Television brought the spectacle of magic into the home and we all remembered such personalities as David Nixon, Tommy Cooper and Paul Daniels. Tommy Cooper will always be remembered for his fez and apparently when leaving a taxi cab he would put a teabag into the driver’s pocket leaving with the words ‘have a drink on me’.

Today we can have the pleasure of watching illusionists such as David Copperfield, Derren Brown and Dynamo, one of a new breed of magicians who do their tricks out in the open.

Jules finished by showing us some card tricks and also we all learnt how to do a trick with a rubber band.

This talk made a welcome escape from the troubled world we now live in.

Please note that all sessions of Tuesday Group are cancelled for the rest of the session including the trip to Fonmon.



Spring/Summer Programme

Our Spring/Summer programme began with a social evening when everyone was able to have a chat and enjoy a quiz. This was followed by a trip to the Millenium Centre to see “The King and I” which every-one enjoyed.

Our first talk was given By Peter Cox and was entitled “My Life as a Spy”. Peter had been employed for 32 years at GCHQ and was able to give us a fascinating insight into the world of British Intelligence. Although still bound by the Official Secrets Act everything he told us is now in the public do-main so no rules were broken in the giving of this talk.

Peter began by explaining how British Intelligence is organised and what function the various bodies perform. The intelligence services are responsible for Homeland Security, Foreign policy, Military support, combating organised crime and global security and this is devolved to MI5, MI6 or GCHQ.

GCHQ is known as the 5-eyes community as information is gathered and shared by the UK, Canada, USA, Australia and New Zealand.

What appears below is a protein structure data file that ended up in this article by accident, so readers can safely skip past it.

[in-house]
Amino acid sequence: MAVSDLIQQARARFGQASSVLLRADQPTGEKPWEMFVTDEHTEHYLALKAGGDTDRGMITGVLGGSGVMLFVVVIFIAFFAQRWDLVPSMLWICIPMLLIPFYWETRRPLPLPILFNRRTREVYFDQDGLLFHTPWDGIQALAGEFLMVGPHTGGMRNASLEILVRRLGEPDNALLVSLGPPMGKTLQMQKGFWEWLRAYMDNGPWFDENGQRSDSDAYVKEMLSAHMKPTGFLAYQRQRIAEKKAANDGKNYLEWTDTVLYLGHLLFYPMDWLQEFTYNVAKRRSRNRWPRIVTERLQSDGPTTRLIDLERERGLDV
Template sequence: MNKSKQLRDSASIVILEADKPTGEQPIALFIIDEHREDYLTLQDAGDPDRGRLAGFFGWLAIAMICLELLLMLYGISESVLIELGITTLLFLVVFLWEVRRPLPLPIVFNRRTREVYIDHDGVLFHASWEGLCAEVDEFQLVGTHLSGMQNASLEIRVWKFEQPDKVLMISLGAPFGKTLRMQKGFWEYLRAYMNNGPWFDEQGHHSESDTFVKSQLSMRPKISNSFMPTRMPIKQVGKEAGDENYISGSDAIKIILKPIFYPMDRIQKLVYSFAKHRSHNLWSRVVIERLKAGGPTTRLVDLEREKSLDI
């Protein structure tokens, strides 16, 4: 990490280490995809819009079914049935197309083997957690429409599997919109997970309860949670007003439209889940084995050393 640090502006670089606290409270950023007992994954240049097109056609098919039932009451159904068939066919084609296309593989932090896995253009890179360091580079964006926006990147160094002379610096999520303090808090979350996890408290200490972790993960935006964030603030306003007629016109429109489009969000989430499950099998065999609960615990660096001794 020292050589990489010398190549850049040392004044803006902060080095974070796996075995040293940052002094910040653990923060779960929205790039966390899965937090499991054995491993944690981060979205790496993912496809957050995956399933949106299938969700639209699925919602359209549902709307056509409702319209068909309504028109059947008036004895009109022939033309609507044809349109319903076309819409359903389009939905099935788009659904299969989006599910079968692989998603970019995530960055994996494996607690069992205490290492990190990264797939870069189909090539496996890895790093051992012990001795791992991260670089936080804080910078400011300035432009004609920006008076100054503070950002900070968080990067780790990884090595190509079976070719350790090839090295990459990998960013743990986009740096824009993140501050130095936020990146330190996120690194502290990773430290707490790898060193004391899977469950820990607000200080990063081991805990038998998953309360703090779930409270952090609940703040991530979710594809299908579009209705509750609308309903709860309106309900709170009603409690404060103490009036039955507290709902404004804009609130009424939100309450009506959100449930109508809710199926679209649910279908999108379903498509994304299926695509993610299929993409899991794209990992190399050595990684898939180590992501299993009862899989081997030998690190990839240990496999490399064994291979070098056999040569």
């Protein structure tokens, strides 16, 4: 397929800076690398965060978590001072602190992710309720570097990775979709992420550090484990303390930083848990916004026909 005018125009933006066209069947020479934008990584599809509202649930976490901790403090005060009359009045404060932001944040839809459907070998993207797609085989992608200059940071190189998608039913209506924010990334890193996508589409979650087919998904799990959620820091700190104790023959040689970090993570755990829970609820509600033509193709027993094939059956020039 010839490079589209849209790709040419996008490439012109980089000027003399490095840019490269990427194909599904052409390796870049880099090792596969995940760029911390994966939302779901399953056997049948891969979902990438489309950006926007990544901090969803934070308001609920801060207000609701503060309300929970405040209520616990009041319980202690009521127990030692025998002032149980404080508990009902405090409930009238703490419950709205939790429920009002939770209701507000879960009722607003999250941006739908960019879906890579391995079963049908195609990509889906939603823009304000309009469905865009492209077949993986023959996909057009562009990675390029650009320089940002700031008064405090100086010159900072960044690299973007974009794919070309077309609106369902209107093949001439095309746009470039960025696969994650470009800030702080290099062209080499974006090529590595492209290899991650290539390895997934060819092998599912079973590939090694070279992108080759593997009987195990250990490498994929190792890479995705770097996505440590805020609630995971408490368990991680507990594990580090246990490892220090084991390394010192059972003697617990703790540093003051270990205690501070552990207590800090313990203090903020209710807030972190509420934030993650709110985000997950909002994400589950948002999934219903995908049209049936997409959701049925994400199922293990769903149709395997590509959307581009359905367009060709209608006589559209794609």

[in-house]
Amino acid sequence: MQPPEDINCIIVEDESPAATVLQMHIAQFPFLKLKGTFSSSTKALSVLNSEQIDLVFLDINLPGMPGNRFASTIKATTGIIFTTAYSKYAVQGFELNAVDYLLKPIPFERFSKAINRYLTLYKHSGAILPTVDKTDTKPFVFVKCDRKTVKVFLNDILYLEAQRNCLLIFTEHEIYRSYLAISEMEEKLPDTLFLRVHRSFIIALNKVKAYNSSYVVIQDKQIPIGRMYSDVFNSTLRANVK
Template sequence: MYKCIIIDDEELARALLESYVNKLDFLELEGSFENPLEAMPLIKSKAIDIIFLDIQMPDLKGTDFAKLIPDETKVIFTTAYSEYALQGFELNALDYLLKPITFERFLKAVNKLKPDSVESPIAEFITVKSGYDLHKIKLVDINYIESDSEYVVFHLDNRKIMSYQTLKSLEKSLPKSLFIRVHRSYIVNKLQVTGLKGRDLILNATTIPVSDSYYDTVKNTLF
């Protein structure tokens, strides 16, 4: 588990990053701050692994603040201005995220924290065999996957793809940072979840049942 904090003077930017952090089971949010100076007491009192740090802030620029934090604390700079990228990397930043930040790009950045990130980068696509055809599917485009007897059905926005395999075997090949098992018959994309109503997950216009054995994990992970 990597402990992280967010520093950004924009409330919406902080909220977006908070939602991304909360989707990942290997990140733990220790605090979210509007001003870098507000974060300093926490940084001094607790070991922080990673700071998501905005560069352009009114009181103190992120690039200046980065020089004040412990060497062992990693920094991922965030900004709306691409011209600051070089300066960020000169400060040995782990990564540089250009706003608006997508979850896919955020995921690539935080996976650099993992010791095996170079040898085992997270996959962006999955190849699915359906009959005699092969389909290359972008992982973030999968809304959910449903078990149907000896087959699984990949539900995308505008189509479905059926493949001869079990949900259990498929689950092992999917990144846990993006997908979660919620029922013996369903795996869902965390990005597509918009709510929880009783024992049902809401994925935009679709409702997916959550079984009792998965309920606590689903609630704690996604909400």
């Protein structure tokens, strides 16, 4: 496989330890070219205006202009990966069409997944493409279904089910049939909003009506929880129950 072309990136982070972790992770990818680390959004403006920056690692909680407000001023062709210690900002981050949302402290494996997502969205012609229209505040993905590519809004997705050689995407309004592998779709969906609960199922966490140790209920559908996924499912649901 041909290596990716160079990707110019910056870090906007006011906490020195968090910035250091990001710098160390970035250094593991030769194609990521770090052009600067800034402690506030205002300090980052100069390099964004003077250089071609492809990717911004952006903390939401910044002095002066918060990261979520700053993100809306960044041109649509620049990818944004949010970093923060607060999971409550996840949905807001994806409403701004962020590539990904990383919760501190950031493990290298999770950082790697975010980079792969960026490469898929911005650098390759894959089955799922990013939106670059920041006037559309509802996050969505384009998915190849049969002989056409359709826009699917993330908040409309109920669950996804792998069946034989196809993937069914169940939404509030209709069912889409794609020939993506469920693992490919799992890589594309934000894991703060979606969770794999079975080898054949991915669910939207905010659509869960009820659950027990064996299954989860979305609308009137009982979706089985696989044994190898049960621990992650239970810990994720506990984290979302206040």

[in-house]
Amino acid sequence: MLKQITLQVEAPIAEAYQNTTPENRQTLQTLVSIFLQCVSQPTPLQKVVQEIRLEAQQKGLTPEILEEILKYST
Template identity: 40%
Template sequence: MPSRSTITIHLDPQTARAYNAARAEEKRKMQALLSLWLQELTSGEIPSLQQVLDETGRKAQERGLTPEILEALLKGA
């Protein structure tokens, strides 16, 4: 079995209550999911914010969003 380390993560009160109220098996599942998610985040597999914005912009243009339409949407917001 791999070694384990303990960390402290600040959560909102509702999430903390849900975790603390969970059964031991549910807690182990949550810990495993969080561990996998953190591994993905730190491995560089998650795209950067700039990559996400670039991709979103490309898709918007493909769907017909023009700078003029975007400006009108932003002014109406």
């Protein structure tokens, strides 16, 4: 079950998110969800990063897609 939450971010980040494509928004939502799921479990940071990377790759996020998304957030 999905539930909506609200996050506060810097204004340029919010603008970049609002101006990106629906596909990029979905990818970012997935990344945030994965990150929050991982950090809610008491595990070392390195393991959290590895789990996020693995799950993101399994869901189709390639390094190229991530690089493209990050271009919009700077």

Peter was recruited in 1980 primarily because he had studied Russian and joined the Technical Language Service but later worked in other departments.

To help us understand how the security services work we were played a tape concerning the shooting down of Flight MH17 and the various conversations taking place were explained so that the West knew from these recordings that the plane had been shot down by a Russian missile.

Peter then went on to describe some missions to explain how the various agencies cooperate in for example the disruption of drug shipments.

Finally Peter explained the vital importance of Global Communication networks and how GCHQ is able to watch every move as it has the power to intercept internet traffic on fibre optic systems.

This talk was fascinating and it is obviously true that Big Brother is watching you and that we are all being protected by our Secret Services who are working tirelessly to combat all manner of crimes.

In many ways our next talk led on from our previous speaker as this was about scams and how information can be gathered about us without us suspect-ing. The talk entitled “Friends Against Scams” was given by Greg Couch a Nat West Community Banker.

Greg introduced his talk by showing a video when we were introduced to the various scam techniques. The National Trading Standards Initiative has been set up to protect and prevent people from becoming the victim of scams.

After the video Greg showed us some facts and figures relating to scams. It was interesting to note that the 16 – 25 age group are currently being targeted more and that there are different scams for different age groups.

£5 to £10 billion is lost to the British economy through scams and only 5% are reported. Action Fraud is a new initiative set up by the police and this is a dedicated task force to clamp down on scammers.

Telephone scams are the most prolific and a system called Call Guardian which serves to block callers by dialling 1572 was explained.

The importance of having secure passwords to make on-line scams more difficult and a site called “ “ can be used to see how long it would take someone to crack your existing passwords.

The important message that we were able to take home was that any suspected fraud activity should be reported and that any scam e-mails should be deleted after being reported.



December Activities Report


December Report

Our final speaker for this session was Helen Joy who has entertained us in the past and her talk on the Vale of Glamorgan Show proved equally entertaining.